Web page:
- Italy PM looking to shore up strategic supply chains
- New fund can invest in Italian headquartered, listed firms
- Government eyes Gulf SWFs to support the initiative
ROME, June 1 (Reuters) – Italy’s right-wing government can use a new strategic fund to buy stakes in listed companies outside of the financial sector, according to a draft bill seen by Reuters, signalling a more activist industrial policy.
Dubbed the strategic fund for “Made in Italy”, the scheme would support companies operating in key supply chains, while also aiming to boost procurement of “critical raw materials.”
Industry Minister Adolfo Urso will present the fund to U.S. investors on Thursday as part of a trip to Washington this week, his office said in a statement.
According to the draft, the fund can invest “directly or indirectly in the capital of listed firms which have their registered office in Italy and do not operate in the banking, financial or insurance sector.”
The bill is yet to be made official and could still be subject to change.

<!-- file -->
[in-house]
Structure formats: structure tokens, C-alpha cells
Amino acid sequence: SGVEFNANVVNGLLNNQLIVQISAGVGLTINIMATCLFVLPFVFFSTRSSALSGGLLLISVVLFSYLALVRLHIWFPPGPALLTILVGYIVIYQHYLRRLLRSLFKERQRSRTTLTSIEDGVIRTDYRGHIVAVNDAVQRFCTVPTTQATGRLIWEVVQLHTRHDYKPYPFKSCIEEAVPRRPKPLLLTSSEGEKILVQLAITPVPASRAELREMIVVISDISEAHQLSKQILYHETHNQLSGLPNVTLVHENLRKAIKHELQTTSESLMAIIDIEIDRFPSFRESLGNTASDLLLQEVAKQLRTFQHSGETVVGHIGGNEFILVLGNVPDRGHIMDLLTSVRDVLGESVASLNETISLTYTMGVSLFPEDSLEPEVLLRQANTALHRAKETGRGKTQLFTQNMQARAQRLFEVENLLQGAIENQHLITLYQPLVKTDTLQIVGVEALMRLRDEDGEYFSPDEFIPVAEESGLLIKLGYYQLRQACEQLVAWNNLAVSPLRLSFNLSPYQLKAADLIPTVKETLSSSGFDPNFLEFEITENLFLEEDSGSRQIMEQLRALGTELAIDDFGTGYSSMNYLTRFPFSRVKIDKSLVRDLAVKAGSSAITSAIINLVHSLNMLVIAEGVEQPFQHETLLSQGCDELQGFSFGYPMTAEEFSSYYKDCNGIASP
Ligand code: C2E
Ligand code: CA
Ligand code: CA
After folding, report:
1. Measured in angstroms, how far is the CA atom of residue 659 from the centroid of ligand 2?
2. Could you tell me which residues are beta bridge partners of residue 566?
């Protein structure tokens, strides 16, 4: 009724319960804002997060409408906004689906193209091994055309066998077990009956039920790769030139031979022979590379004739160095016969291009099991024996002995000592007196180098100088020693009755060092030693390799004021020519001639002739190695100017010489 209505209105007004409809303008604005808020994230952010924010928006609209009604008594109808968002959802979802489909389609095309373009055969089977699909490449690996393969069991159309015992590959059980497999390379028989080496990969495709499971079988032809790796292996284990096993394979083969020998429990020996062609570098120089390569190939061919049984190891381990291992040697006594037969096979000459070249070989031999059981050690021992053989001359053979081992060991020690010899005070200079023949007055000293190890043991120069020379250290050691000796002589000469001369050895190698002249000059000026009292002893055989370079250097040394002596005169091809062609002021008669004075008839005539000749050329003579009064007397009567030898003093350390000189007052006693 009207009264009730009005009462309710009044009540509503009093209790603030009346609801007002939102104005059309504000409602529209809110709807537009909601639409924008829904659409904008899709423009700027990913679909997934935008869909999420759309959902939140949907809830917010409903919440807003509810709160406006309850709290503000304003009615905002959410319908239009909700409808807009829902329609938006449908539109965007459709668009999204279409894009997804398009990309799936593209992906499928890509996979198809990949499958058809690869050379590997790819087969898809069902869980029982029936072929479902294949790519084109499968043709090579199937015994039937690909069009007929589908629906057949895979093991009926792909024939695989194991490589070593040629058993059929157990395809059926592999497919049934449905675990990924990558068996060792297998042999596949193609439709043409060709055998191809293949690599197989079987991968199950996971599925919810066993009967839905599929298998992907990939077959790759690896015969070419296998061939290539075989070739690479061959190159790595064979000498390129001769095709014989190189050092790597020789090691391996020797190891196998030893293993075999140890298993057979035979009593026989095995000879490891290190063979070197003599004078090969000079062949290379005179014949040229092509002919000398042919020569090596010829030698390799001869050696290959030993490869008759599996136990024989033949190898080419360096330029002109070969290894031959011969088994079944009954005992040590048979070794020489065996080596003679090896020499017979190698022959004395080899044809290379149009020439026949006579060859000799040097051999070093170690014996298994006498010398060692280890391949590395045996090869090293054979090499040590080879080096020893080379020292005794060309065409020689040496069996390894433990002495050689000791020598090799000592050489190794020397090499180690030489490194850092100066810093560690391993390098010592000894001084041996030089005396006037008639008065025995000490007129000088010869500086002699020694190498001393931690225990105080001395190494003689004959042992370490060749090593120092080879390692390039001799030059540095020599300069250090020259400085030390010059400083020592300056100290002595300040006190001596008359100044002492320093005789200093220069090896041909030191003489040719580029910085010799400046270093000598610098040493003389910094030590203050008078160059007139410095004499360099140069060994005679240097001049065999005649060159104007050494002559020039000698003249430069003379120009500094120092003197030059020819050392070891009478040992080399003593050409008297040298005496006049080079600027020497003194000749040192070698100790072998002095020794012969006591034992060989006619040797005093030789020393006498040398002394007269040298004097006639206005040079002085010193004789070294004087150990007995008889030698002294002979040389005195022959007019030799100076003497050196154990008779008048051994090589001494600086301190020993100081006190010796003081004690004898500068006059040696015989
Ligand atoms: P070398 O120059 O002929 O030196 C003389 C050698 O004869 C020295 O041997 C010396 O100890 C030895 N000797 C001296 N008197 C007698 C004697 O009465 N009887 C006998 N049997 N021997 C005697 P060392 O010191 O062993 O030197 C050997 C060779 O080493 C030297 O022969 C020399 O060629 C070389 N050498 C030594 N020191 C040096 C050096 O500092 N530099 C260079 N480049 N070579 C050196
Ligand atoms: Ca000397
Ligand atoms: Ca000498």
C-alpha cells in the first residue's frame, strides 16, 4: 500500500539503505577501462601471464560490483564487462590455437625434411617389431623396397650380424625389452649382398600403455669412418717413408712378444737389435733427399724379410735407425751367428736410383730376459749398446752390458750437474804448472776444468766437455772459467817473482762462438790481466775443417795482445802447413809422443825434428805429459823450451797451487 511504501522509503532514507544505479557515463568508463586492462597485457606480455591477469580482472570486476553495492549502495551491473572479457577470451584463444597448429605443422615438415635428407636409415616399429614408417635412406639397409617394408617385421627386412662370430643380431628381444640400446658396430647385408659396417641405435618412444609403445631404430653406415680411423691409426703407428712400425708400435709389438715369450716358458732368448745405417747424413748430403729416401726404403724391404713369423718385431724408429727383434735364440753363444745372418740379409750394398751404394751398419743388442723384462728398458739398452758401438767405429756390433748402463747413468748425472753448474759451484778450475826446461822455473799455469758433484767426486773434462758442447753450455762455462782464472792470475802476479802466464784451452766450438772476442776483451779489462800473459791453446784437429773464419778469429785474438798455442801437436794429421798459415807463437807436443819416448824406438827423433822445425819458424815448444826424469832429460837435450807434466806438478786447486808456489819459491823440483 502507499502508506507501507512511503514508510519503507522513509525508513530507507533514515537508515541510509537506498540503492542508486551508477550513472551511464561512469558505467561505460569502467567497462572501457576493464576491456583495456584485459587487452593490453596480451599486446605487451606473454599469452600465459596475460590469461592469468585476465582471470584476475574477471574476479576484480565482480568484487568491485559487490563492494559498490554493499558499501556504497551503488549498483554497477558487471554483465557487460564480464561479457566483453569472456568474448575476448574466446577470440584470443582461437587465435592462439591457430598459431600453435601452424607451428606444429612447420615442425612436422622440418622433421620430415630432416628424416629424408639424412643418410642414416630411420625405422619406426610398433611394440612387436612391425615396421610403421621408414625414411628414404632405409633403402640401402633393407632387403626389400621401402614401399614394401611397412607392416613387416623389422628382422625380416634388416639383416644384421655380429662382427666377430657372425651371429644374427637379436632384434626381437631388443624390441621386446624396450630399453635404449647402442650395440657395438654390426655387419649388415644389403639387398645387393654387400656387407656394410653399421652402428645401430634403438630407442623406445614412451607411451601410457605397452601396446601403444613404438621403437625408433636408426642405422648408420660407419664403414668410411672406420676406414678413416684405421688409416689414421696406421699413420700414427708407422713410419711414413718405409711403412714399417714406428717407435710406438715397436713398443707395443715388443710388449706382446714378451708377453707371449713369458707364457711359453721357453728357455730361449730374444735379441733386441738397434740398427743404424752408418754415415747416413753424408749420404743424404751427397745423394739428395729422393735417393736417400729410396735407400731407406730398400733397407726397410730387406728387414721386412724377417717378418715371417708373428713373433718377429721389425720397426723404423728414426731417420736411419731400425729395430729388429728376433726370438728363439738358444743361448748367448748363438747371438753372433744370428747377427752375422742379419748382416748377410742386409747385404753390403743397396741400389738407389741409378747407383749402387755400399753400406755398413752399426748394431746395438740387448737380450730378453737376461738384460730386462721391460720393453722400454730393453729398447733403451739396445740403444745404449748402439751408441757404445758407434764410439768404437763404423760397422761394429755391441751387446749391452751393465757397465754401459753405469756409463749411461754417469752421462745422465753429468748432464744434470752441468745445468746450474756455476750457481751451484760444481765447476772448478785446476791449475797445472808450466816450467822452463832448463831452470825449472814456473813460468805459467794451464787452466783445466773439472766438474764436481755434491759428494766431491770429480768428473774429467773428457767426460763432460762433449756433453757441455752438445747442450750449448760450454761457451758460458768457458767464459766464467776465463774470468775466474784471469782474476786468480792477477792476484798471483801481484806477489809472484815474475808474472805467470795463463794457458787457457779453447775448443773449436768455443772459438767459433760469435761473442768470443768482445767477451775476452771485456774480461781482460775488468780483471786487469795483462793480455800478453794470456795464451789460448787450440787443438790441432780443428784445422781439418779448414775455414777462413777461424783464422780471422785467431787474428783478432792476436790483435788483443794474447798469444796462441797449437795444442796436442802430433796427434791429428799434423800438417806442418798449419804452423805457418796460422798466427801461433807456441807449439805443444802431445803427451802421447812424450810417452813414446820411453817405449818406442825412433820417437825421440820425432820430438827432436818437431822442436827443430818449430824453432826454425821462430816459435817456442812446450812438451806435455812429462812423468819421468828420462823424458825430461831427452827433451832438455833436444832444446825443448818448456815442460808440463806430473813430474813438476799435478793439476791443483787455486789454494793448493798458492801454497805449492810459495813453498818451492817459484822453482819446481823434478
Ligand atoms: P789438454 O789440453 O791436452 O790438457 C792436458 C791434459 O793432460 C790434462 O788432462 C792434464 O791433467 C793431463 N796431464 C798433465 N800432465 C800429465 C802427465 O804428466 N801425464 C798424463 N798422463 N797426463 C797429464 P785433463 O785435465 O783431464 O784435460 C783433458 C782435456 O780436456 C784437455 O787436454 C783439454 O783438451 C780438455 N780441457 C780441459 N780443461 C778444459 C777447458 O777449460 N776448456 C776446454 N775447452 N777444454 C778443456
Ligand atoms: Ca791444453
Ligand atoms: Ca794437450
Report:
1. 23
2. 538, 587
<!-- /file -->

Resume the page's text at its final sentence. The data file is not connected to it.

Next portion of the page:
Rome’s government deems the automotive industry and its supply chain strategic.
However, the stipulation that investments target companies headquartered in Italy seems to exclude Stellantis (STLAM.MI), the owner of the Fiat brand and leading auto group in Italy, which has its legal base in the Netherlands.
The fund will have an initial endowment of 700 million euros ($770 million) in 2023 and an additional 300 million next year in state cash.
Rome also intends to raise at least further 500 million euros from non-specified private investors.
Government sources have previously told Reuters that Prime Minister Giorgia Meloni is courting the sovereign wealth funds (SWFs) of Saudi Arabia, Qatar, the United Arab Emirates, Azerbaijan and Norway to give the fund more firepower.
Once the bill is approved by parliament, the government will issue a decree defining how the fund will work and how to appoint its managing company, the draft said, suggesting multiple players could compete for the role.
The fund will operate “on market terms” to avoid breaching European Union rules limiting state aid rules.
A previous draft reported by Reuters last month made reference to financial vehicles or investment funds promoted by the state lender Cassa Depositi e Prestiti (CDP).
($1 = 0.9084 euros)
Additional reporting by Giulio Piovaccari in Milan
Editing by Keith Weir
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